Democrats Struggle to Offer More Than Anti-Trump and Russia Rhetoric

Montana loss shows pointing out flaws in the president isn’t enough

House Minority Leader Congresswoman Nancy Pelosi. Alex Wong/Getty Images

Despite Montana congressional candidate Greg Gianforte assaulting a reporter from the Guardian on the eve of election night, he managed to pull off a victory in the special election race to fill Secretary of the Interior Ryan Zinke’s vacant seat. Gianforte had the advantage of coasting off his failed bid for governor in the 2016 election, using his name recognition in the state and receiving substantial help from wealthy Republican donors who helped him edge out his opponent Rob Quist. The race should serve as a wake up call to the Democratic Party that they cannot rely on the polarized political environment and unpopularity of Trump to recoup their losses in Congress and state legislatures across the country.

As much as Democrats tried to convey their message by attacking Trump, the Republican Party successfully aligned their Democratic opponent Rob Quist with House Minority Leader Nancy Pelosi through attack ads. Pelosi is one of the most widely known, yet least liked politicians in the country. Pelosi’s leadership has been the subject of several Republican campaign ads across the country, and Pelosi fulfills the Republican caricatured portrayal of her as out of touch by continuing to focus and drive Russia’s involvement in the 2016 election as the Democratic Party’s main message.

Politico reported on May 24 that Democrats were divided over whether to focus their messaging on health care or Russia. Health care provides the party with a policy issue that impacts voters’ individual lives and communities, but Russia doesn’t. Politico noted that the Super PAC American Bridge, run by Clinton operative David Brock, wants to focus on the Russia issue. Center for American Progress, founded by Clinton campaign Manager John Podesta and run by Clinton surrogate Neera Tanden, has focused on Russia as well, creating a propaganda site called the Moscow Project that calls for crowdsourcing the investigation into Trump’s ties with Russia. Focusing on Russia for the sake of political theatrics instead of working without a highly polarized partisan agenda to further the investigation will backfire for Democrats—especially since it’s unlikely that the truth will match the hysteria.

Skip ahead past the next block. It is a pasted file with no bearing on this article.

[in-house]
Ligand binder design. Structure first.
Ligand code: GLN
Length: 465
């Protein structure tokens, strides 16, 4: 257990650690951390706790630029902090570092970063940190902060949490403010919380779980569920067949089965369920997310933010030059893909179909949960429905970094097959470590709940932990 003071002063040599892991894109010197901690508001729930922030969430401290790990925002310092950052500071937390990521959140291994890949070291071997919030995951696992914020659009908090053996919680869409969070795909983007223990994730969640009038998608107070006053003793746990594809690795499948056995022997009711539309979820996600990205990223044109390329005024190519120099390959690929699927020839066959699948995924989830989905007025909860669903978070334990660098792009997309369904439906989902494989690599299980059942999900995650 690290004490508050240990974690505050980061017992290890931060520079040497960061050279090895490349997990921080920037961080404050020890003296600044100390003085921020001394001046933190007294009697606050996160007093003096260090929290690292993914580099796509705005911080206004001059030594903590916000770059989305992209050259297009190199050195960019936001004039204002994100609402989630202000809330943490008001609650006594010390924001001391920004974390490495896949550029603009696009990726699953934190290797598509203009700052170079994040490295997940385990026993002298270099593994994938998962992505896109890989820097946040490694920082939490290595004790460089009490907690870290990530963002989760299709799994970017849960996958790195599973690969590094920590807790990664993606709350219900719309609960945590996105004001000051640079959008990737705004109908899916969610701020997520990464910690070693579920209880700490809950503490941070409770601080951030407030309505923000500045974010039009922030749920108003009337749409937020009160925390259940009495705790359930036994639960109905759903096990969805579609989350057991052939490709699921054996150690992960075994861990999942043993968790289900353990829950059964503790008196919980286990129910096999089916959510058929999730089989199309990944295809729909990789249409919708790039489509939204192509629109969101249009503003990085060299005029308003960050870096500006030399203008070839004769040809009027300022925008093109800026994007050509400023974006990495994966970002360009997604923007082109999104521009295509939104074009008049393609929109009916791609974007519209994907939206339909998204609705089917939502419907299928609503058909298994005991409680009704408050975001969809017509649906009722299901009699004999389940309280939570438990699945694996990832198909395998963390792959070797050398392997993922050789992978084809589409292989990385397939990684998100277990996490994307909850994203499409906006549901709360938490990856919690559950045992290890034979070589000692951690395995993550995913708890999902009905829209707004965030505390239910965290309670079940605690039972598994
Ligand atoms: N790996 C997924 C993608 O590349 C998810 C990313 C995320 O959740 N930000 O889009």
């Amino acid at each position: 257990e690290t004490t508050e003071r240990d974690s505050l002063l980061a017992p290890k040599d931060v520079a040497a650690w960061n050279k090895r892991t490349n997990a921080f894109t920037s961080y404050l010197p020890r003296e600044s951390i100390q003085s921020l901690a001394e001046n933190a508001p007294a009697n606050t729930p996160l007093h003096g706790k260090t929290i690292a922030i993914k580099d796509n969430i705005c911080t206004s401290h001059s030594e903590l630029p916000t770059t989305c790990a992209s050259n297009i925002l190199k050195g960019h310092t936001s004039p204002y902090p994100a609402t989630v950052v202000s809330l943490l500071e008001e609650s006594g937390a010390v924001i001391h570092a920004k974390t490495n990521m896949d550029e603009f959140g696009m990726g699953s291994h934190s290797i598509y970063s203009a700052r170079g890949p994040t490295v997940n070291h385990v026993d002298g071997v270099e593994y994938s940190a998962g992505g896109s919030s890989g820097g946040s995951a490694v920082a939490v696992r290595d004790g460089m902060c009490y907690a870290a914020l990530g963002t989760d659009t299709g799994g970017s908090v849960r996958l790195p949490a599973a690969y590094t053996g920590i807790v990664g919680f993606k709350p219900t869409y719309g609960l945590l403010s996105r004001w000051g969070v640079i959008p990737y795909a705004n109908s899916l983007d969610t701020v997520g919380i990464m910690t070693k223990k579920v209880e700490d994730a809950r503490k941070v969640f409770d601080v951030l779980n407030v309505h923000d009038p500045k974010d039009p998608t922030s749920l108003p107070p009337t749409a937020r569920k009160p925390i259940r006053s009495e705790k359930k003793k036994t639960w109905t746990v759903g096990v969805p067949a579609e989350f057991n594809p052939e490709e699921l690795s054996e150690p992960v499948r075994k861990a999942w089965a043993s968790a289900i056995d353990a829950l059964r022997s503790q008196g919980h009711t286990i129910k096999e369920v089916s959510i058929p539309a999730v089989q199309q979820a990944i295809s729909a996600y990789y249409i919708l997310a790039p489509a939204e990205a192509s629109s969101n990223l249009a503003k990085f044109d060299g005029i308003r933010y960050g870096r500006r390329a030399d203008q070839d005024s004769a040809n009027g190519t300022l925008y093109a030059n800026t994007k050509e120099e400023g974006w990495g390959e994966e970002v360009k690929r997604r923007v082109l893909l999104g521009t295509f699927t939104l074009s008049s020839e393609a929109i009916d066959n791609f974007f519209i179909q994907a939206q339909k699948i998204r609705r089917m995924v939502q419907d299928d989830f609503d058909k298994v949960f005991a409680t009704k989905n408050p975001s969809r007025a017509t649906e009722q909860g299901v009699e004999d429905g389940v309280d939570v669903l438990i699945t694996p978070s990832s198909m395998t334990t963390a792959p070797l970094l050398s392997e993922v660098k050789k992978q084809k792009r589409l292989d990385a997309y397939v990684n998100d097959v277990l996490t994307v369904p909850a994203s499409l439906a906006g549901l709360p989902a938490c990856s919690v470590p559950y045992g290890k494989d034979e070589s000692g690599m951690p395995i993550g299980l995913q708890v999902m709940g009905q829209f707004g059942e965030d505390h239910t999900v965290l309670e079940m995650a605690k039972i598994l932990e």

On May 22, Chicago Mayor Rahm Emanuel was cited as advising the Democratic Congressional Campaign Committee (DCCC) on how to win in 2018. Emanuel, a quintessential establishment Democrat, ran the DCCC in 2006 when Democrats won big, but that victory was short lived. Less than half of the 41 new Democrats that were elected to office that year are still serving their districts. Truth-Out reported in 2007, “According to Democratic candidates who ran for House of Representative seats in 2006, Rahm Emanuel, then head of the Democratic Congressional Campaign Committee, took sides during the Democratic primary elections, favoring conservative candidates, including former Republicans, and sidelining candidates who were running in favor of withdrawal from Iraq.” Progressives criticized Emanuel for interfering in Democratic primaries to support the establishment’s preferred candidates, a tactic the Democratic Party continues to employ today at its own peril.

Democrats should be focusing on developing a message about how they will improve the lives of Americans and how Trump’s policies will hurt working class, middle class and low income Americans. Ahead of elections in 2018 and 2020, Democrats need to determine how they will help voters. Right now, they don’t have any answers. Instead, they’re stuck on an anti-Trump loop and looking for strategies from the same sources that helped drive the Democratic Party into the ground in the first place.

Democrats Struggle to Offer More Than Anti-Trump and Russia Rhetoric